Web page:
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Electrical and Computer Engineering

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Overview

Programs

Undergraduate:

Graduate Degree:

Mission Statement

Our mission is to prepare students for rewarding careers and higher education. Graduates will be able to solve complex technical problems and address the needs of modern society, and will pursue lifelong learning.

The Major

“Nowadays the world is lit by lightning,” playwright Tennessee Williams wrote. But electrical and computer engineers prove him wrong every day.

From city lights to satellites, semiconductors, telephone switching systems and audio equipment, their work depends on electricity and the engineers who design and develop ways to harness its power.

Electrical Engineering majors at CSUN receive a solid, broad-based education. Among the many topic areas in the basic curriculum are mathematics, physics, chemistry, computer programming, engineering materials, electrical circuits, engineering mechanics, thermodynamics, engineering economy and numerical analysis. At the senior level, students are required to take an approved concentration in one of the Electrical and Computer Engineering Options: Biomedical Engineering, Communications, Digital Systems Design, Control Systems, Electronics, Microwave and Antenna Engineering, or Power Systems.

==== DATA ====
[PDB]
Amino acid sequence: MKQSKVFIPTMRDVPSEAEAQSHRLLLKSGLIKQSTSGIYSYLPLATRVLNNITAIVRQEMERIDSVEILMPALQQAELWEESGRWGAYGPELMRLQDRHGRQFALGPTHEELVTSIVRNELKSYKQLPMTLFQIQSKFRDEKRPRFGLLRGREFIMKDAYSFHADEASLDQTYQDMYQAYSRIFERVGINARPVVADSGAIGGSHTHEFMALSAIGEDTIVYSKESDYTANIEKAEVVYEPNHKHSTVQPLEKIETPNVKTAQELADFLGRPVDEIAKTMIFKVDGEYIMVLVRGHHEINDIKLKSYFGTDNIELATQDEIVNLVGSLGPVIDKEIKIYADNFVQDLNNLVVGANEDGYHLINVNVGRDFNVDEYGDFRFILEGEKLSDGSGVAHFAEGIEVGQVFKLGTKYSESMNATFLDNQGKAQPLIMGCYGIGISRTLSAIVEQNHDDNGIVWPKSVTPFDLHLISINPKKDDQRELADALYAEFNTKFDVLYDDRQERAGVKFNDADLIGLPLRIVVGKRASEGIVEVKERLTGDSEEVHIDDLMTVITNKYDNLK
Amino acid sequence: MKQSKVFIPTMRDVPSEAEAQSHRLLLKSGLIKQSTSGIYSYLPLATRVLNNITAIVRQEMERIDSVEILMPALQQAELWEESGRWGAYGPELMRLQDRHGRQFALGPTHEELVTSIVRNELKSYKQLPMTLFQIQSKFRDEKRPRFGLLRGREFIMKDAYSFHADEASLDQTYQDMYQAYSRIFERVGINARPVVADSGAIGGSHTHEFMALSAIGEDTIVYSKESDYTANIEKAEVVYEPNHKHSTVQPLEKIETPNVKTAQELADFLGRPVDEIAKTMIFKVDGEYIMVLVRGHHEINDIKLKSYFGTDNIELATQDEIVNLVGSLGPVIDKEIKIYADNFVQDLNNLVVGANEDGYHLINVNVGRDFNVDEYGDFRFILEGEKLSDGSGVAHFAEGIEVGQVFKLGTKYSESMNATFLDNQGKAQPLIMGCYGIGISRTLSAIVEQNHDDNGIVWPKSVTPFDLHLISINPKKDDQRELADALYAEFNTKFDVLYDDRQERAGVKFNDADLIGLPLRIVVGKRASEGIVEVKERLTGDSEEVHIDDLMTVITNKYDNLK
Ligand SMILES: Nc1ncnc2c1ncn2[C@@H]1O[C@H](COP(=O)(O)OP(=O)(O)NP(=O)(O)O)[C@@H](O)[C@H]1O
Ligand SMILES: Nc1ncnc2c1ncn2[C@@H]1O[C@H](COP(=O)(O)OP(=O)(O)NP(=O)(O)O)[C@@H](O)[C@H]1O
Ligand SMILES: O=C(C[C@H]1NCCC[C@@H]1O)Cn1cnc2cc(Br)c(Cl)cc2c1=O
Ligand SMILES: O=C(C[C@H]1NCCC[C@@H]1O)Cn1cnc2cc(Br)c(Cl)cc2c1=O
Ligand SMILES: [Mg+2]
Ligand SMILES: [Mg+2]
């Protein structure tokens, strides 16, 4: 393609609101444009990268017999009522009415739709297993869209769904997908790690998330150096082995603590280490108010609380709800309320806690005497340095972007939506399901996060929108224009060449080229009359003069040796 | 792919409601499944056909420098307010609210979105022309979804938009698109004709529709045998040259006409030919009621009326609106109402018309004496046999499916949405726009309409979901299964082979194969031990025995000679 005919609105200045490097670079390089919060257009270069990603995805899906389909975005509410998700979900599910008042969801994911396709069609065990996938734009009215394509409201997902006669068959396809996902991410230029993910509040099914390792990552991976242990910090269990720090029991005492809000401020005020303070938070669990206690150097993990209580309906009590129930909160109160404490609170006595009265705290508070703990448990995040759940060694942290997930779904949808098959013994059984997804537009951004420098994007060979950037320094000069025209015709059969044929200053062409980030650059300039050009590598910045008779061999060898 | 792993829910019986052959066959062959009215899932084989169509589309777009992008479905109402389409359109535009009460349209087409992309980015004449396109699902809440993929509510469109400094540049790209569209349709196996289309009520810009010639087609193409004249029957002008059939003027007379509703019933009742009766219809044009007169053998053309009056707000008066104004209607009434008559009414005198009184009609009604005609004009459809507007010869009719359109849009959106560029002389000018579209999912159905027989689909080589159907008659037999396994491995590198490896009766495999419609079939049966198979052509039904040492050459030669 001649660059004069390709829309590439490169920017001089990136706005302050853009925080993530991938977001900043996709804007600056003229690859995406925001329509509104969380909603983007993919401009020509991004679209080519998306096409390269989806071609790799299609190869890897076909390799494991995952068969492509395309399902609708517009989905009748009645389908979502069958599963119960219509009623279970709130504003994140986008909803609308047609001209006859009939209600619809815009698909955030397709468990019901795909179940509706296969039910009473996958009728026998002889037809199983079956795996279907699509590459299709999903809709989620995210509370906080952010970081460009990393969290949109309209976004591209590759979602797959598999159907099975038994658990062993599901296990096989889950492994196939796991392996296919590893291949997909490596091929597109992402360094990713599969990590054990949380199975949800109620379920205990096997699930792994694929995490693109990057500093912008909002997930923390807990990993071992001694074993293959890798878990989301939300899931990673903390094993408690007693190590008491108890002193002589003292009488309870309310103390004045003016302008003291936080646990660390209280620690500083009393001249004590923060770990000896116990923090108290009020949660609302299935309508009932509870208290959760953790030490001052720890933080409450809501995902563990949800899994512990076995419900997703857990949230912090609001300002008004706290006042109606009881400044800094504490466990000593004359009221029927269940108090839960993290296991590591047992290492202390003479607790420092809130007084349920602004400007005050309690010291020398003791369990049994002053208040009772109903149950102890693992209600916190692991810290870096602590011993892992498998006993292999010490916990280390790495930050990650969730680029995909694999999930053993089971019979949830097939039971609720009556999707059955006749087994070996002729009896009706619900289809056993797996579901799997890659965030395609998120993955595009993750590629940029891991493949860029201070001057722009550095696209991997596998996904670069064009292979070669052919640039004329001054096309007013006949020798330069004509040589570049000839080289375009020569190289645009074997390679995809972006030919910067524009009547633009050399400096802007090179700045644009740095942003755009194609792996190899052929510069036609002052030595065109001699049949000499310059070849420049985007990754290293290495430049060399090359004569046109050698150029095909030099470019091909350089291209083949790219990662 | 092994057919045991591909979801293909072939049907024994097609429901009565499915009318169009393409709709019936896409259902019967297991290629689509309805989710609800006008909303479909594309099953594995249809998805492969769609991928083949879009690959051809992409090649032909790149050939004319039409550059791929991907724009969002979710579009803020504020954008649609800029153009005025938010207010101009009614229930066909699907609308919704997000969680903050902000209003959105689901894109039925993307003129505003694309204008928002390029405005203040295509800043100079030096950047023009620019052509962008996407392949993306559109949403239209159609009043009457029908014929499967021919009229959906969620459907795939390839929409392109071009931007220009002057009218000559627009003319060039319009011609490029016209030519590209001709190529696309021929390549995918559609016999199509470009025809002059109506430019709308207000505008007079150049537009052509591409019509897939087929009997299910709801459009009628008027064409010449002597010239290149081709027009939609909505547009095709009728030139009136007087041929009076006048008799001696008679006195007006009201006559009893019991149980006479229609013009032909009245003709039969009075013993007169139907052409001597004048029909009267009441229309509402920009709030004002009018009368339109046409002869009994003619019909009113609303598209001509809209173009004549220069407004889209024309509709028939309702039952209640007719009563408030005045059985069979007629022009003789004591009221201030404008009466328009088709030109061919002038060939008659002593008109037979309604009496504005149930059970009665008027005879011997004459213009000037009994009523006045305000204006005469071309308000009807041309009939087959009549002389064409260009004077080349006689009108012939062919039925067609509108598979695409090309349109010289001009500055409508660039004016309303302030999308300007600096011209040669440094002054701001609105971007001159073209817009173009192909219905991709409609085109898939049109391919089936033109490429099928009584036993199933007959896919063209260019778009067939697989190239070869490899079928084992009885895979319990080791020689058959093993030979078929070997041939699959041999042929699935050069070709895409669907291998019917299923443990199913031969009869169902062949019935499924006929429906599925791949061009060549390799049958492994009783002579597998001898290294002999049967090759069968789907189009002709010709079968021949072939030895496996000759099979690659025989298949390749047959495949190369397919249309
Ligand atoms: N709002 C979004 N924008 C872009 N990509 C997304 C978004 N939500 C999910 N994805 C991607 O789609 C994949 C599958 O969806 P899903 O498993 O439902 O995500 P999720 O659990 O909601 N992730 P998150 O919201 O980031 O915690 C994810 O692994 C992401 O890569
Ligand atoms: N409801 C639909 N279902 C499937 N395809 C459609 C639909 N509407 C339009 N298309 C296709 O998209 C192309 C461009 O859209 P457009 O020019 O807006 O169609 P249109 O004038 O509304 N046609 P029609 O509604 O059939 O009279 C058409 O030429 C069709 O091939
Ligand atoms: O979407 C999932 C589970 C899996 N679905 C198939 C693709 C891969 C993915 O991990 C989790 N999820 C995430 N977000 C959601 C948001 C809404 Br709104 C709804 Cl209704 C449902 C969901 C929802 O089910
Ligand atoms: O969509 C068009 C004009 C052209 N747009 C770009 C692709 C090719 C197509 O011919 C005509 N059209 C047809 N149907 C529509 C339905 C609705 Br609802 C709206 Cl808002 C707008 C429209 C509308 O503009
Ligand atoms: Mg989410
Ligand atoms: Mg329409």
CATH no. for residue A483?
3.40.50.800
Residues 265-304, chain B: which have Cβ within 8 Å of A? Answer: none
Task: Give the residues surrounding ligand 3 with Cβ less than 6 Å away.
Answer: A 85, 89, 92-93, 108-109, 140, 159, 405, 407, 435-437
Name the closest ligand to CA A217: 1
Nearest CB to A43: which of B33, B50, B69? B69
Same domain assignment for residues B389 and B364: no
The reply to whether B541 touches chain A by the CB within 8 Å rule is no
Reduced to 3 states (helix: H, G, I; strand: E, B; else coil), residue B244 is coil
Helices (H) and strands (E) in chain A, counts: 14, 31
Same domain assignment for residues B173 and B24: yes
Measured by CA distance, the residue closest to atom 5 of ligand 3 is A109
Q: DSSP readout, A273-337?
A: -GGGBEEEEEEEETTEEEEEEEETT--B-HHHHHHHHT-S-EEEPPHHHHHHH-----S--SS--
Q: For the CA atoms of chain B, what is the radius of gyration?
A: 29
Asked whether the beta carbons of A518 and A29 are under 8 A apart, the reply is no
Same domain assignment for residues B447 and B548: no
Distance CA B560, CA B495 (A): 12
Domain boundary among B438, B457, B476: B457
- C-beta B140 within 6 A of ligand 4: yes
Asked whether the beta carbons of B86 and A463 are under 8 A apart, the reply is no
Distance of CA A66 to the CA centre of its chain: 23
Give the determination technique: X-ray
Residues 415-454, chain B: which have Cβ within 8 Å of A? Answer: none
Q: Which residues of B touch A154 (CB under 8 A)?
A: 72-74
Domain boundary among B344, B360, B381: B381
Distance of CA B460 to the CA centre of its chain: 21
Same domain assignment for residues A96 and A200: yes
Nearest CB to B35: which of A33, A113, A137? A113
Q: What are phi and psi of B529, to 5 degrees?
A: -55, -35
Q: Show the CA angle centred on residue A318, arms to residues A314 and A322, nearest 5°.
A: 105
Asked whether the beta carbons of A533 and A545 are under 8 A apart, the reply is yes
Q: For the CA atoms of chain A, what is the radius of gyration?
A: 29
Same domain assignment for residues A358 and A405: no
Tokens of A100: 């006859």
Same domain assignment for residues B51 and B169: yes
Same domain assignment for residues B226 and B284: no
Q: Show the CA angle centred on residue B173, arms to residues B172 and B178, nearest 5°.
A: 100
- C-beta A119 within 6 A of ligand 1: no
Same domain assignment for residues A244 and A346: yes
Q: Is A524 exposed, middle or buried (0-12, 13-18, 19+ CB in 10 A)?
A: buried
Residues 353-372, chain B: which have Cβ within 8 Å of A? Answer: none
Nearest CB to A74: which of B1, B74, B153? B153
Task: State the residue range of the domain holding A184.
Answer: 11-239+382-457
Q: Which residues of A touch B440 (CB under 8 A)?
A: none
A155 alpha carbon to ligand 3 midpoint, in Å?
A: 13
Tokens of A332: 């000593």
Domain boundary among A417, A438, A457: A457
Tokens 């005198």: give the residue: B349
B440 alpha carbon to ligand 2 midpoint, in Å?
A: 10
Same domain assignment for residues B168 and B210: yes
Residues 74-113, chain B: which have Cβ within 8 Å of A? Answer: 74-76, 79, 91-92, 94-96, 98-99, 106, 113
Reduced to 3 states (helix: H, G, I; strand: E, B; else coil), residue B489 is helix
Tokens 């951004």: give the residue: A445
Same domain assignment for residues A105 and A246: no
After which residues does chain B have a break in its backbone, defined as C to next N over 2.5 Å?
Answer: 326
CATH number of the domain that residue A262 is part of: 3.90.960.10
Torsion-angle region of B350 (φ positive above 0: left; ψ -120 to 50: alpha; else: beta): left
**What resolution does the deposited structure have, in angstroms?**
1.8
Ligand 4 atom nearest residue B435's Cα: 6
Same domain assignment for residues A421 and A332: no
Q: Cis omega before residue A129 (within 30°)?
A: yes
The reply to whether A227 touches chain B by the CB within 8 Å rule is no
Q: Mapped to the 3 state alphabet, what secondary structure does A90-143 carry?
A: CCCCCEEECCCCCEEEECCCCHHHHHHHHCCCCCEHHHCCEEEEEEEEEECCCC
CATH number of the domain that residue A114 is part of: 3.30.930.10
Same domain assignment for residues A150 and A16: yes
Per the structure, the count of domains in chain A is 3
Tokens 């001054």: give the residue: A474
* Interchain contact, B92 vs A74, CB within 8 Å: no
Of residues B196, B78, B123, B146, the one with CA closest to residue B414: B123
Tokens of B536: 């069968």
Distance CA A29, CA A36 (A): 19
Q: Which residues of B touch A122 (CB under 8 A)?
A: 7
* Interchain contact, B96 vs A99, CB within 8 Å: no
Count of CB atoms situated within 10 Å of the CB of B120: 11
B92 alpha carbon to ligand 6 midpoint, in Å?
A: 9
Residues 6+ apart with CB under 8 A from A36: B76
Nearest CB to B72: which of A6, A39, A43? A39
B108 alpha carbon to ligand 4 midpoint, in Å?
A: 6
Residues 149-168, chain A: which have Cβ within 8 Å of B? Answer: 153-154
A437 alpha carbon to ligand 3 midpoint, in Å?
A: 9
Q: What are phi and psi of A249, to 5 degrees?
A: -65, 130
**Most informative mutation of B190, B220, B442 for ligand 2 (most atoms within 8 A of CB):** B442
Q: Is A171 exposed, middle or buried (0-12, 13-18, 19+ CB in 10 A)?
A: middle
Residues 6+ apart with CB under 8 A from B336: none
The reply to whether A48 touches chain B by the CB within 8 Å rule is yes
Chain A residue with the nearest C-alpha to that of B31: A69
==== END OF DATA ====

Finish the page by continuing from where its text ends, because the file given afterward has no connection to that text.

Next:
The Computer Engineering (CompE) program bridges the curriculum gap between Computer Science and Electrical Engineering. Computer Engineers deal with the hardware and software aspects of computer system design and development. The CompE curriculum contains components of both the Computer Science and Electrical Engineering programs.